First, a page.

Top things to know about emergency contraception:
Emergency contraceptive pills, hormonal IUDs, the copper IUD, and birth control pills can each be used for emergency contraception
IUDs are the most effective form of emergency contraception
Emergency contraceptive pills are most effective the sooner you take them
If you had unprotected vaginal sex, you could become pregnant. You have up to five days after unprotected sex to use a form of emergency contraception to prevent pregnancy.
You may have heard that emergency contraception shouldn’t be used as birth control. It’s true — other forms of contraception are more effective at preventing pregnancy daily. Emergency contraception would also be more expensive to use than other birth control methods and may have more side effects. But when you need to use emergency contraception, however often you need it, it can help prevent pregnancy.
Emergency contraception works by preventing ovulation, so it will be more effective during some times of the cycle.
In this article, we are going to talk about your different options for emergency contraception. It can be helpful to know your options before you talk to your healthcare provider or pharmacist.
Emergency contraceptive pills (ECPs)
Emergency contraceptive pills (ECPs) are better known as “morning-after pills.” The effectiveness of ECPs primarily depends on where you are in your cycle when you take them — specifically if you take a pill in time to prevent ovulation (4, 5–8). There are two main types of ECPs available in the USA.
Plan B, Next Choice, One Dose, My Way, and Take Action are all the most common types of ECPs: a pill that contains a version of the hormone progesterone, called levonorgestrel. These are available from many pharmacies without a prescription. Levonorgestrel ECPs are taken in a single dose as soon as possible after unprotected sex. While the packages of these pills stipulate that they should be taken within three days (72 hours), their effectiveness may last for at least four days (96 hours), before declining significantly (5, 8–10).
The other ECP, called ella, contains an antiprogestin called ulipristal acetate. ella is only available with a prescription and is taken in either a single or split dose. ella is considered to be the most effective ECP and may be effective if taken until at least five days (120 hours) after unprotected sex (4, 7, 8, 11, 46).
When no other method is available, it is possible to use some types of daily-use oral hormonal birth control as emergency contraception (7). While not all brands can be used this way, many have specific instructions about use as emergency contraception (16). These pills are “combined pills” containing a mix of estrogen and progesterone. Multiple pills are usually taken in two doses — one dose within 4–5 days of unprotected sex, and another 12 hours later (16). This method has been shown to be less effective than other ECPs (7) and can cause stronger side effects than other pills, such as nausea and headaches (7, 12-17, 19), but may be more effective at preventing pregnancy than taking nothing.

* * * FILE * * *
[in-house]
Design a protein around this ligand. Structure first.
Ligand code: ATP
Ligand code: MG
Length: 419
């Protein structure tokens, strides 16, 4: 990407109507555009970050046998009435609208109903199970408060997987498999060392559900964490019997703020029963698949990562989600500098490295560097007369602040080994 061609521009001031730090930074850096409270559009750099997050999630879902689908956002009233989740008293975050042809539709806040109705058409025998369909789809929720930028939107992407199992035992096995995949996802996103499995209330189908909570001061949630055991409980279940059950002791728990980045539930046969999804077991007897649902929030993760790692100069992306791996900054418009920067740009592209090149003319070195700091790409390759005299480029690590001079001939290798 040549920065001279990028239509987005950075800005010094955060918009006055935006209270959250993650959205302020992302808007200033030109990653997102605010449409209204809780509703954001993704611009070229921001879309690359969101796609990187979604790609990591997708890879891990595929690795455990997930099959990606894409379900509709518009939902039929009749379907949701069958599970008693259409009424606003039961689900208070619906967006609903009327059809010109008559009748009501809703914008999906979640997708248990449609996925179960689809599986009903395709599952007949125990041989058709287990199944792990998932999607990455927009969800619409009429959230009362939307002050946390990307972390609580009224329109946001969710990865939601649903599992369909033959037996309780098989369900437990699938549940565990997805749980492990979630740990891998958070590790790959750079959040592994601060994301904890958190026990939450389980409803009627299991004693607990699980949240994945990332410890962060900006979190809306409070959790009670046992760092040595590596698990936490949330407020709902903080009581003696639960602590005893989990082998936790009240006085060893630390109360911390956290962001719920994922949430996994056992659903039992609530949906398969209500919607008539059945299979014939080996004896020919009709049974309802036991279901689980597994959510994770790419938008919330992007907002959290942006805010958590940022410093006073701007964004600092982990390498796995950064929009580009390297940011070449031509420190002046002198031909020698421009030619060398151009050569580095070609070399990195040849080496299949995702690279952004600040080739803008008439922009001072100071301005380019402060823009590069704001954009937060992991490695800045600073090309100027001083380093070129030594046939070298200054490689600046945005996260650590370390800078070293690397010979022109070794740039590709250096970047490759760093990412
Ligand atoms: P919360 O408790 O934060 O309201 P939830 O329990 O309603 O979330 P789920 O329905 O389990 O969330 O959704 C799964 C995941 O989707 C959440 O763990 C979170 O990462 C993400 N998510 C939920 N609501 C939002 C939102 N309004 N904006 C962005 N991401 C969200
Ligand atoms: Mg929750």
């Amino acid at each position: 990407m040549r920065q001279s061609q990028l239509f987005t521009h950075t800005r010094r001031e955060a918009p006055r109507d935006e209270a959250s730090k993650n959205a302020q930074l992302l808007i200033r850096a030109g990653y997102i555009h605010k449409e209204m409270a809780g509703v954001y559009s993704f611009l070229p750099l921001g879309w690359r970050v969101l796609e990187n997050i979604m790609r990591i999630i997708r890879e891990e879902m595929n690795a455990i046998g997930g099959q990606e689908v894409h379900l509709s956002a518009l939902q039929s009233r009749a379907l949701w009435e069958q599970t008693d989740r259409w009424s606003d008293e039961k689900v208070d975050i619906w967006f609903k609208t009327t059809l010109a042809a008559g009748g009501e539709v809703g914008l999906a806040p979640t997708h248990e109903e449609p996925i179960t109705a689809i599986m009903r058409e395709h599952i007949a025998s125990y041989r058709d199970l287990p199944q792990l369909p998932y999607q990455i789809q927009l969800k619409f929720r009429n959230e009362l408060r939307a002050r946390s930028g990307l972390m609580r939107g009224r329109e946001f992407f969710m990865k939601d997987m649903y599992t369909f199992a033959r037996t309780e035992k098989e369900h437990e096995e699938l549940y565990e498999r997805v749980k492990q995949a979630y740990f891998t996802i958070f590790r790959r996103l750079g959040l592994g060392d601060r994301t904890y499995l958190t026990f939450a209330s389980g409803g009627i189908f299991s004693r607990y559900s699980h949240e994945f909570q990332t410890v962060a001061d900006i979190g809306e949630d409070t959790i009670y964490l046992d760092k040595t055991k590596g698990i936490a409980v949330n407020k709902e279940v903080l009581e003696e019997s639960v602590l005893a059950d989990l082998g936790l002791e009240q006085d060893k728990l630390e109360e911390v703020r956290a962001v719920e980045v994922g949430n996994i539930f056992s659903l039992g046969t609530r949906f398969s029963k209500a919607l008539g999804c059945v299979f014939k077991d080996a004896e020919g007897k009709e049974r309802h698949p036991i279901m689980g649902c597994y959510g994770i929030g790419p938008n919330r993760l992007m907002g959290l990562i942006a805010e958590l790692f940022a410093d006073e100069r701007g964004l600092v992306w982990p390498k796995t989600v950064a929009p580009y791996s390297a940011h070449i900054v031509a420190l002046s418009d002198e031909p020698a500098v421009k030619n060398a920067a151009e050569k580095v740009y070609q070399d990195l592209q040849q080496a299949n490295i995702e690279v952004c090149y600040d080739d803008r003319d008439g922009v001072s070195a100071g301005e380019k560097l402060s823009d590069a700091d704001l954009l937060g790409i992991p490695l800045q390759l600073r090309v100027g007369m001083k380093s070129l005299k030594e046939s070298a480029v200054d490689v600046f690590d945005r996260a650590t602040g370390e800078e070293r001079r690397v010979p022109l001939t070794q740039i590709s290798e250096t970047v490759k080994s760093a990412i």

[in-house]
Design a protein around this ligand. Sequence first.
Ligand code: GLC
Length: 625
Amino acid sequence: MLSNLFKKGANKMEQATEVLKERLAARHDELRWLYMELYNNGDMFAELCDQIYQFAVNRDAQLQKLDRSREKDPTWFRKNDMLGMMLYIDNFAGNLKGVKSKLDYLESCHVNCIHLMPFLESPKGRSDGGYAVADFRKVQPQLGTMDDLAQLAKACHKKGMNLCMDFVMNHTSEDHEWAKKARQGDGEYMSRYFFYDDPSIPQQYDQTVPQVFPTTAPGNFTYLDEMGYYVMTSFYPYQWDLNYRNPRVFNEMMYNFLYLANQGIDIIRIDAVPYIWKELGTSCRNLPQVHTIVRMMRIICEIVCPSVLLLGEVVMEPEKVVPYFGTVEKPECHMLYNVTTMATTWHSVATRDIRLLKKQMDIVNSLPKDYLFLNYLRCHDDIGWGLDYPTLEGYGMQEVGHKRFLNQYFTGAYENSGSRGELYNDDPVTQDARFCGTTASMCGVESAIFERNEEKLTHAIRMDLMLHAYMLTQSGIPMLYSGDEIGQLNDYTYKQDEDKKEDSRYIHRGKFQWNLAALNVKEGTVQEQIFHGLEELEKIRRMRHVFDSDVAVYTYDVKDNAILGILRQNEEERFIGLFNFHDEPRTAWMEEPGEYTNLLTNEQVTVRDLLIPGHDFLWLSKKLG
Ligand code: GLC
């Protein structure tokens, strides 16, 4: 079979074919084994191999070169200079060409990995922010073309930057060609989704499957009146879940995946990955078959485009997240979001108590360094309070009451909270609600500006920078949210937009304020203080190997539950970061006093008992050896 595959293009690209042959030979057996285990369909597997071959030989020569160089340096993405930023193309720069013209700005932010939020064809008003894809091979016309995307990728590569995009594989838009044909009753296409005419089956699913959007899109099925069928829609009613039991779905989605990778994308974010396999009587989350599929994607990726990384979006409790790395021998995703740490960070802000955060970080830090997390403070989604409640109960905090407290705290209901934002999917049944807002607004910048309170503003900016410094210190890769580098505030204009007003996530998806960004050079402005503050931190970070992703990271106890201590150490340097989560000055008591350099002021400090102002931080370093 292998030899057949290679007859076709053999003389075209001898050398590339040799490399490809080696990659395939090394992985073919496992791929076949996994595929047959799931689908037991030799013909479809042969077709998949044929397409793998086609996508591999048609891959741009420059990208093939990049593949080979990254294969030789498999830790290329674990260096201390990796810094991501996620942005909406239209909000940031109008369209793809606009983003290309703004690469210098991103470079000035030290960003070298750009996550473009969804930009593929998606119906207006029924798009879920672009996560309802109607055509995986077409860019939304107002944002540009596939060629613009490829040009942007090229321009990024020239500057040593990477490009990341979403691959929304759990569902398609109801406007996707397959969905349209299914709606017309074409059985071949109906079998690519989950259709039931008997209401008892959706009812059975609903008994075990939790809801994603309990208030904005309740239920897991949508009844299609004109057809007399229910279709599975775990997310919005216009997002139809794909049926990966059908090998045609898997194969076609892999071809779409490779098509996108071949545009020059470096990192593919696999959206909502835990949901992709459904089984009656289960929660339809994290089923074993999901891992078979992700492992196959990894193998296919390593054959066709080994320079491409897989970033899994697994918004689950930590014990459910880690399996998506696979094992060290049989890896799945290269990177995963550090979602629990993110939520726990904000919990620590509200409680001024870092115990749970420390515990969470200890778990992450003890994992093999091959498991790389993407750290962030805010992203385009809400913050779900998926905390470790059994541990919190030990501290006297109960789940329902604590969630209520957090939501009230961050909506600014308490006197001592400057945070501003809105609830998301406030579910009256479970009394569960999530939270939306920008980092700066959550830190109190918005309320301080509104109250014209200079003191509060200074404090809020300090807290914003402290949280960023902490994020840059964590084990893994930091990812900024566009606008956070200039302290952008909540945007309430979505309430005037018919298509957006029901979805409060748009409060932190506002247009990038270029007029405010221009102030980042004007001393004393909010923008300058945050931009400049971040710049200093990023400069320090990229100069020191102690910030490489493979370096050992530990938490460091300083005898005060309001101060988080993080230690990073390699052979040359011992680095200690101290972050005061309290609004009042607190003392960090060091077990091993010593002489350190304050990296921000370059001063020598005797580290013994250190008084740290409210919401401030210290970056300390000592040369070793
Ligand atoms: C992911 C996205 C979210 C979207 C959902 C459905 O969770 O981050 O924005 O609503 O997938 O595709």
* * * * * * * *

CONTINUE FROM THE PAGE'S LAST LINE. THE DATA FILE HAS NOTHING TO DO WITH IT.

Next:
ECPs should not be confused with the RU-486, the “abortion pill.” Unlike ECPs, RU-486 (Mifepristone) works by blocking hormones required for pregnancy, which can end a pregnancy after an embryo has implanted in the uterine wall (18–19, 20, 26, 27).
Intrauterine devices (IUDs) for emergency contraception
Copper IUDs are the most effective form of emergency contraception (7, 12, 21, 52). They are small devices, inserted into the uterus to prevent pregnancy. They’re a long-lasting contraceptive, and can stay in the body for up to ten years (7, 19, 22). This means you can get a copper IUD inserted as an emergency contraception, and then leave it in for continued contraceptive use.
Some hormonal IUDs work just as well as copper IUDs for emergency contraception (49, 52). These IUDs contain a specific amount of the progesterone hormone. They are called levonorgestrel 52-mg IUDs, also known as the Mirena or Lilletta (47, 48). Some people prefer the hormonal IUD over the copper IUD because it is also a long lasting contraceptive (up to 7 years) and can reduce menstrual pain and bleeding (47-49).
IUDs can be used as emergency contraception if they are inserted into the uterus up to five days after ovulation (7, 19, 21). Since the exact timing of ovulation is difficult to know, most sources recommend inserting the IUD up to five days after unprotected intercourse to ensure it will be effective and safe (22). IUDs cannot be inserted in the presence of certain active sexually transmitted infections (47, 48). They are inserted by healthcare providers in a clinic.